ONE OF THE EARLIEST PRINTED RECIPES for stuffed fish was in a volume entitled Le Cuisinier Royal et Bourgeois by Francois Massialot, published in Paris in 1691. The author suggested that the fish be cleaned and the skin filled with the chopped flesh of carp, along with chopped mushrooms, perch, and the nonkosher eel. The skin of the stuffed carp was stitched or tied together, and the fish was then left to cook in an oven in a sauce of brown butter, white wine, and clear broth; it was served with mushrooms, capers, and slices of lemon. In Alsace today there is still a special stuffed fish cooked in white wine, carpe farcie à l’alsacienne, which is similar. But by and large, gefilte fish came toFrance with the waves of emigrants from eastern Europe.
Sarah Wojanski’s Parisian version of gefilte fish from Poland uses pike, haddock, cod, whiting, sole, and carp, and sauteed onions. Although she makes her gefilte fish into balls, she also stuffs some of the chopped- fish mixture into the head of the fish and encloses more of it in the skin. I have divided Sarah’s recipe in half, but the amounts might still be too big for you. If so, just divide them again. I have a big Seder and always give some gefilte fish away.
Yield: 36 patties
8 pounds whole fish with bones and skin, such as carp, mullet, rockfish, haddock, whiting, sole, whitefish, or pike, filleted and ground*
2 tablespoons salt, or to taste
7 peppercorns, plus freshly ground pepper to taste
4 onions, peeled
6 medium carrots, peeled
1 parsnip, peeled and chopped
2 tablespoons sugar, or to taste
3 tablespoons peanut or vegetable oil
3 large eggs
About ¹?³ cup matzo meal
*Ask your fishmonger to grind the fish, reserving the tails, fins, heads, and bones. Be sure he gives you the bones and trimmings.
Put the reserved bones, skin, and at least one of the fish heads (see
footnote) in a wide, very large saucepan with a cover. Pour in water
to cover by about 5 inches. Add 1 tablespoon of the salt and the
peppercorns, and bring to a boil. Remove any scum that accumulates
with a slotted spoon.
Cut one onion into quarters, and add along with five of the carrots
and the parsnip. Add the sugar, and bring to a boil. Cover, and
simmer for about 2 hours. Long cooking will ensure a broth with
jelly. Turn off the heat, strain the broth, and discard the bones and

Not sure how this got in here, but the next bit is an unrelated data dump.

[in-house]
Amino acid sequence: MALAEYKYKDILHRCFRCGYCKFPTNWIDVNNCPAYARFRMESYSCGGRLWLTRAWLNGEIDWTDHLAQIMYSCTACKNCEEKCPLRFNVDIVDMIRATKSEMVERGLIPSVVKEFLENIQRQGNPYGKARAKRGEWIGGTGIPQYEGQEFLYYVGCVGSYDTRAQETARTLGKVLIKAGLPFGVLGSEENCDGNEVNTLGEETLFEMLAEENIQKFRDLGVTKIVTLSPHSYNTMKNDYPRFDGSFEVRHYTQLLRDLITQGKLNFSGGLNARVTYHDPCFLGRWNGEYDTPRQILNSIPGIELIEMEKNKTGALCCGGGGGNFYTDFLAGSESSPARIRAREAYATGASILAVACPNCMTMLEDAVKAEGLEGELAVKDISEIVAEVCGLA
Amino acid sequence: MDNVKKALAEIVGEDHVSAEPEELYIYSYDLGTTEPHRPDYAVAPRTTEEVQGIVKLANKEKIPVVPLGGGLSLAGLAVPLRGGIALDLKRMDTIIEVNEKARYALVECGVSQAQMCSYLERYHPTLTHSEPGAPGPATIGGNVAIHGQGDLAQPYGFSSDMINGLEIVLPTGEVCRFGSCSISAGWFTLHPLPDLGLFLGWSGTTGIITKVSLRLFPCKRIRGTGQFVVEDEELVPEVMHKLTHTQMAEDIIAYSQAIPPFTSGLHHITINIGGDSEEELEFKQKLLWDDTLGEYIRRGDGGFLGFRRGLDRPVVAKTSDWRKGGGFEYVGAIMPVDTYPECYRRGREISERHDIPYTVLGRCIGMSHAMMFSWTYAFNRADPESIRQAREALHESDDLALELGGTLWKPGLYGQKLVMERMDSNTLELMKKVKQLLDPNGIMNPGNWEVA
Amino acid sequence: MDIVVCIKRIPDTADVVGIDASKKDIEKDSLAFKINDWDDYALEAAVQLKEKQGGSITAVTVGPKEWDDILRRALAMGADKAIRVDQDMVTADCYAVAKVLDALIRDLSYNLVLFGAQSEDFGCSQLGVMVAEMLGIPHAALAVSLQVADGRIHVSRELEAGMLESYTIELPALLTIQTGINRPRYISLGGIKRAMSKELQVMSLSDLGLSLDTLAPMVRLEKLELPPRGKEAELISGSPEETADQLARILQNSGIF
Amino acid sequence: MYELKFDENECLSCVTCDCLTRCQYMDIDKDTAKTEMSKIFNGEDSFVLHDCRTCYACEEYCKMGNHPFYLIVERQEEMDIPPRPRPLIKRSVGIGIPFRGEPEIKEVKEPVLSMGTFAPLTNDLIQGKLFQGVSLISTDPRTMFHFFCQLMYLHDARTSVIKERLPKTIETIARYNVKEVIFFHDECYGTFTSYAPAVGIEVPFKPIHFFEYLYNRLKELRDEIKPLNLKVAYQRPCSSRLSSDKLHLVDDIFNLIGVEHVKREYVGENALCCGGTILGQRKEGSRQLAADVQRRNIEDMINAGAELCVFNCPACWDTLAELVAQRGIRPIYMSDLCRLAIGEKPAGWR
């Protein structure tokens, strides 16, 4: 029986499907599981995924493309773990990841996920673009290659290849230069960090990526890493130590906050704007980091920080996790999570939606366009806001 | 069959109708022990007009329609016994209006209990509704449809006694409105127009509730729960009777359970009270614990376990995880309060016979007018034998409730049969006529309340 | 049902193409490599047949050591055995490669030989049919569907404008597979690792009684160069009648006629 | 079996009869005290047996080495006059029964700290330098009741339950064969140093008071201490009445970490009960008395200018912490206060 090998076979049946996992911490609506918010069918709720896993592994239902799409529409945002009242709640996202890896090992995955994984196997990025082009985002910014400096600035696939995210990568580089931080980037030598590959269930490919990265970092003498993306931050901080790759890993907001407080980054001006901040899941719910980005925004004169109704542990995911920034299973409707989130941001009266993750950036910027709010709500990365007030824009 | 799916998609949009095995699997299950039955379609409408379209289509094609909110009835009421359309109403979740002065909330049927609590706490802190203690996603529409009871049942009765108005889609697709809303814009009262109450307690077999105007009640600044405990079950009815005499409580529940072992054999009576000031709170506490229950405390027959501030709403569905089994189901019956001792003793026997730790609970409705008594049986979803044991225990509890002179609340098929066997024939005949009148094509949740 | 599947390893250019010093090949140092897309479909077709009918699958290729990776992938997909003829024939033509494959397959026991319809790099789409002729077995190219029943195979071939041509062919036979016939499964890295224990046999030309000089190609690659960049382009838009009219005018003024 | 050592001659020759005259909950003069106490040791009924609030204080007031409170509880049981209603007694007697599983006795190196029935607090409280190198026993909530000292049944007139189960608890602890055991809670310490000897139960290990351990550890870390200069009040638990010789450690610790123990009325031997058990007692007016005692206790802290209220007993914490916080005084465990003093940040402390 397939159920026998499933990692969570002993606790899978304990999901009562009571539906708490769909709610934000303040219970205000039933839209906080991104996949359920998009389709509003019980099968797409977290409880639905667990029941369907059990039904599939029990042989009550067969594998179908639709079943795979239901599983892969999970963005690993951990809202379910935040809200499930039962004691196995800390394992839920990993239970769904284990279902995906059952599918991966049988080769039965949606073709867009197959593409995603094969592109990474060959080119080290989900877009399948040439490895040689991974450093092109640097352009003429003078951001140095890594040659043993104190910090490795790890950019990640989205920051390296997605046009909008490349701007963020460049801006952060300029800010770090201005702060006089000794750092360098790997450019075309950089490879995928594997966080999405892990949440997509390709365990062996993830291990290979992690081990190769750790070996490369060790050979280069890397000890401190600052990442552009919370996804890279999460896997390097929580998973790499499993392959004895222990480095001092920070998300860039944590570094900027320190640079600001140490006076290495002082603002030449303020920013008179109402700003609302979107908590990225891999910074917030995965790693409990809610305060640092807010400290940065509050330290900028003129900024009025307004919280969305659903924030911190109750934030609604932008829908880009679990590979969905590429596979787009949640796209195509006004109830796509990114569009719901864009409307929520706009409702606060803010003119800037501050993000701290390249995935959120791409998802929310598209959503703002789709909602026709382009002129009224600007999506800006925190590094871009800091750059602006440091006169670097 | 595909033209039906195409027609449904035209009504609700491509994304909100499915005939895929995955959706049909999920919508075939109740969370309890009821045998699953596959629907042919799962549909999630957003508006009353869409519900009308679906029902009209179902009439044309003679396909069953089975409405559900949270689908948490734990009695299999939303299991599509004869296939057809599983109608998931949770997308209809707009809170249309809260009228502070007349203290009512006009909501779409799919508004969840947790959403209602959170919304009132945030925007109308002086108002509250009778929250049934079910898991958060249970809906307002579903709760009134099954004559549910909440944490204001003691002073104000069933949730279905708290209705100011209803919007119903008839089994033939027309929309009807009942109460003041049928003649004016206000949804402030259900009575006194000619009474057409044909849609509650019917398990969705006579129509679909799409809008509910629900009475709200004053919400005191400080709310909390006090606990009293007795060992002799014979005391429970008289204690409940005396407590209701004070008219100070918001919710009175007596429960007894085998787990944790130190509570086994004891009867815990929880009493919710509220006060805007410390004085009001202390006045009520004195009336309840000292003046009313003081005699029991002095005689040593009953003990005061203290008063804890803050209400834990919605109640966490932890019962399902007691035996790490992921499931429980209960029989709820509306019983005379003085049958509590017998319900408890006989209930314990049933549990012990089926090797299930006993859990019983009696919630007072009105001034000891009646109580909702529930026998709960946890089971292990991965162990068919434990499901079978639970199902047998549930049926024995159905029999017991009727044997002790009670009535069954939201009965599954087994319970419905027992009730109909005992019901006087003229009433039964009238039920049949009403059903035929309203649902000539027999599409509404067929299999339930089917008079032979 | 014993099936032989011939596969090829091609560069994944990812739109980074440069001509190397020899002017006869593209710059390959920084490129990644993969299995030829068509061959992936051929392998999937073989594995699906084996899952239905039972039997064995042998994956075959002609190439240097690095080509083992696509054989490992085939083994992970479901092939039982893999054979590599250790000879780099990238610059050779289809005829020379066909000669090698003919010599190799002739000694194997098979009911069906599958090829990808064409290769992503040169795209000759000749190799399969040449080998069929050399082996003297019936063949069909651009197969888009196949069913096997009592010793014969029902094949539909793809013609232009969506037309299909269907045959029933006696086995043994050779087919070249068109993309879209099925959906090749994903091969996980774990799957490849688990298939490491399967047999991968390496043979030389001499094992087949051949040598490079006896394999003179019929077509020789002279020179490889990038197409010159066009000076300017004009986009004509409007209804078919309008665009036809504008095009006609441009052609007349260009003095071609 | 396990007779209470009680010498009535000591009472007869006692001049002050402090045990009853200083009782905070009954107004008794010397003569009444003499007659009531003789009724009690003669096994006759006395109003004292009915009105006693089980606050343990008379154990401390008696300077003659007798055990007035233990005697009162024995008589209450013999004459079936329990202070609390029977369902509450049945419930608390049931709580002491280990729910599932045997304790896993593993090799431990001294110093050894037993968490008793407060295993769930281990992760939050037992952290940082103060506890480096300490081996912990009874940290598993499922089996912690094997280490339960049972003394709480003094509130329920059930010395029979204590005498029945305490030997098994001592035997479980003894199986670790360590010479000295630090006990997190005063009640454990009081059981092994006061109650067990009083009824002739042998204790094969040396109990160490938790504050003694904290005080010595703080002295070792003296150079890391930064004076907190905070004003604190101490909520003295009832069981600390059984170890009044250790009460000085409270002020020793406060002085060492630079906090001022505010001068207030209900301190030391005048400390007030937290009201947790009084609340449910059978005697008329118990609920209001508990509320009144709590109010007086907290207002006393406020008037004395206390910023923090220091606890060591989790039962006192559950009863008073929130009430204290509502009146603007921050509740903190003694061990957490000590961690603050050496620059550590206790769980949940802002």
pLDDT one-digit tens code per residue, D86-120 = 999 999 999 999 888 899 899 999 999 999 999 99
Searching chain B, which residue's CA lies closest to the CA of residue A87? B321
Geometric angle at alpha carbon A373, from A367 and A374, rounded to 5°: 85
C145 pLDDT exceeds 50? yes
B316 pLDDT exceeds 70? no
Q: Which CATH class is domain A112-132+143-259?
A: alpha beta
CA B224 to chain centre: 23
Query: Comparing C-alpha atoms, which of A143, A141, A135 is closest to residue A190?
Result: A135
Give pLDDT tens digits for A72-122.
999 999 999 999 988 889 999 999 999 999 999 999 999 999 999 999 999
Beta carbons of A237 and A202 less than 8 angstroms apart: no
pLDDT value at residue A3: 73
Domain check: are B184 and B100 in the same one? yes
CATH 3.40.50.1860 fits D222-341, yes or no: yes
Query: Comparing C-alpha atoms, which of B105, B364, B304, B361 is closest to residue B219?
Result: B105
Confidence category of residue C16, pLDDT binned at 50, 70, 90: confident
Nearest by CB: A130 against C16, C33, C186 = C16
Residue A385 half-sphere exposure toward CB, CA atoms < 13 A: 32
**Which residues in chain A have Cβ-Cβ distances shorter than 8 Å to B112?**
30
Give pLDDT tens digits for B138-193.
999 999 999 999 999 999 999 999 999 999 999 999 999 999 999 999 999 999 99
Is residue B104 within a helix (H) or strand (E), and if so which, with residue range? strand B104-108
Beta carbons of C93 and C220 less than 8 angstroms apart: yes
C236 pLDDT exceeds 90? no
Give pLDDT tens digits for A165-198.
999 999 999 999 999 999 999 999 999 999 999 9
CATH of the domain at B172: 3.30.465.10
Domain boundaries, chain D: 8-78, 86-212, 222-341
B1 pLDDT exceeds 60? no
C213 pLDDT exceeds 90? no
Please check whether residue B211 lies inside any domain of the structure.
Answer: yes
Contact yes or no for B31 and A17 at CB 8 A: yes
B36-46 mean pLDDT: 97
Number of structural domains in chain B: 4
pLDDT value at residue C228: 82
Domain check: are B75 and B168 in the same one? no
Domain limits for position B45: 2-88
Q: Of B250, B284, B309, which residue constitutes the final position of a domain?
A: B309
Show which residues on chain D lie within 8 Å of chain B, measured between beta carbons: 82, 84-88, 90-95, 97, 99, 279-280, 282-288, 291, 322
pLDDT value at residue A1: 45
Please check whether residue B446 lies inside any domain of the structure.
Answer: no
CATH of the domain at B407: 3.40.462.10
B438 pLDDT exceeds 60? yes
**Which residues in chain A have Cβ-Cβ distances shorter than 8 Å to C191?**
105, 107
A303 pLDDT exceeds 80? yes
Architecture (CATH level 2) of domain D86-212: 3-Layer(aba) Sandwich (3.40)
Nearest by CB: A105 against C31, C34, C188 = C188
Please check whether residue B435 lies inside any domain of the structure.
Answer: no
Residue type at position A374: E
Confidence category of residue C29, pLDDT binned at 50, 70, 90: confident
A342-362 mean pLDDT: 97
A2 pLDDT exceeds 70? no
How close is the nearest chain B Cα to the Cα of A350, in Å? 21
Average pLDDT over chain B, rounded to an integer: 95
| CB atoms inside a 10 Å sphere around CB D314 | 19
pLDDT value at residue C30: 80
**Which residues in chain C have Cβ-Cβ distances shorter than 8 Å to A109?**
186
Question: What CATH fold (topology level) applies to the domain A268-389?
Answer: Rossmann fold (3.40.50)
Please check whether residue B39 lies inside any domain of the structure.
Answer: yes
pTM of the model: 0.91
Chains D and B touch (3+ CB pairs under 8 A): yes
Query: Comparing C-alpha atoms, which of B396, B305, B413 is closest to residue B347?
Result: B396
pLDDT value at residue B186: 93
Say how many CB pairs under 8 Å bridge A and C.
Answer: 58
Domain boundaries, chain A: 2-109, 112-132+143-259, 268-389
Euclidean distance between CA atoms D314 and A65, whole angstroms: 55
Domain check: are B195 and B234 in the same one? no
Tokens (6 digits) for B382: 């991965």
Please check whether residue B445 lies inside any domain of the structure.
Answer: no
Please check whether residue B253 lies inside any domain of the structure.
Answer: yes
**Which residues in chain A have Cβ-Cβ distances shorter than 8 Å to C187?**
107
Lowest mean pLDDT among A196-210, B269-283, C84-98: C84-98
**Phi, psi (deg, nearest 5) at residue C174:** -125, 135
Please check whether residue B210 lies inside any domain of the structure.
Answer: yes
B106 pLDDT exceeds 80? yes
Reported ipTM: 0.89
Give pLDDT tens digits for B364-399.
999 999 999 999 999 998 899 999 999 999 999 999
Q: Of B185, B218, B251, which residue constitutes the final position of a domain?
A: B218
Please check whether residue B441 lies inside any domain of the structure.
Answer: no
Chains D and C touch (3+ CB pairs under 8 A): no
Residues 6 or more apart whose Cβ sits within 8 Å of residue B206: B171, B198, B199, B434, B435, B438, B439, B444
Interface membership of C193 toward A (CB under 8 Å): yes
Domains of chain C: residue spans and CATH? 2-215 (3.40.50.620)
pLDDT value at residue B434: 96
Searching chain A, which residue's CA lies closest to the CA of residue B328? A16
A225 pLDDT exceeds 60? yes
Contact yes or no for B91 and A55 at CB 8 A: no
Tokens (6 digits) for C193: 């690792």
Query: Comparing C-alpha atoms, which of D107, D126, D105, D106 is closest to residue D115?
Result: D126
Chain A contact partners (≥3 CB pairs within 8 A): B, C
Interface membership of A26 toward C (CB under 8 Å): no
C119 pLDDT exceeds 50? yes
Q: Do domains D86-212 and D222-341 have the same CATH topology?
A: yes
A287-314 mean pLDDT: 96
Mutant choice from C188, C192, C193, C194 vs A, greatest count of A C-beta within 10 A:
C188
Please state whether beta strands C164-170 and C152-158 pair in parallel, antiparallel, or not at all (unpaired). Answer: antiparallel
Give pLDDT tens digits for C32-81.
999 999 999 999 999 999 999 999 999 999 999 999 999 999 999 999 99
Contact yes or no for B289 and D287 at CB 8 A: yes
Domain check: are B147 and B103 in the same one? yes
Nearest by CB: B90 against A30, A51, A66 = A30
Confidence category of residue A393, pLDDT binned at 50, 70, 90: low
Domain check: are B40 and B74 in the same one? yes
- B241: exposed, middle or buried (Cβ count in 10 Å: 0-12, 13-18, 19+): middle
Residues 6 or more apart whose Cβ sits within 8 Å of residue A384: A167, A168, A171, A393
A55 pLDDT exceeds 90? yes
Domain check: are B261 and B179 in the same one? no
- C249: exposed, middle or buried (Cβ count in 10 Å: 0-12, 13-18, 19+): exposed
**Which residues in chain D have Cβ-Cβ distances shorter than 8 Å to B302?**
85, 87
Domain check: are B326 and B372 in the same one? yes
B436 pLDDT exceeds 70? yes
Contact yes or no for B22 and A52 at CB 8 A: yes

vegetables, reserving the carrots. Refrigerate overnight.
The next day, take the remaining three onions, slice thinly into
rounds, and sauté in the oil in a medium- sized frying pan until
they are golden. Pulse to grind in a food processor equipped with
the steel blade.
Put the ground fish and onions in a large bowl. Grate the
remaining carrots into the bowl and add the eggs, one at a time, the
remaining tablespoon of salt, the ground pepper, and about ½ cup
of cold water. Mix thoroughly. Stir in enough matzo meal to make
a light, soft mixture that will hold its shape. Either taste the raw
fish to see if the seasonings need to be adjusted, or if you are
uncomfortable tasting uncooked fish and eggs, heat the broth and
dip a small amount in the broth to cook before tasting.
Wet your hands with cold water, scoop up about ¼ cup of the
fish mixture, and form it into an oval shape about 3 inches long.
Repeat until you have made oval patties out of all the mixture
except for a handful to stuff the cavity of the reserved fish head or
heads. Gently put the fish patties and the fish heads in the simmering
fish stock, adding more water if necessary almost to cover.
Cover loosely, and simmer for 20 to 30 minutes. Taste the liquid
while the fish is cooking, and add seasoning to taste. Shake the pot
periodically, so the fish patties won’t stick. When the gefilte fish
is cooked, remove from the water and allow to cool for at least
Using a slotted spoon, carefully remove the fish patties and the
heads, and arrange on a platter with the fish head or heads in the
center. Strain some of the stock over the fish, saving the rest in a
bowl. Slice the cooked carrots into rounds cut on the diagonal
about ¼ inch thick. Put a piece of carrot on top of each gefilte- fish
patty. Chill until ready to eat. Serve one gefilte fish patty with a
sprig of parsley and a dollop of horseradish.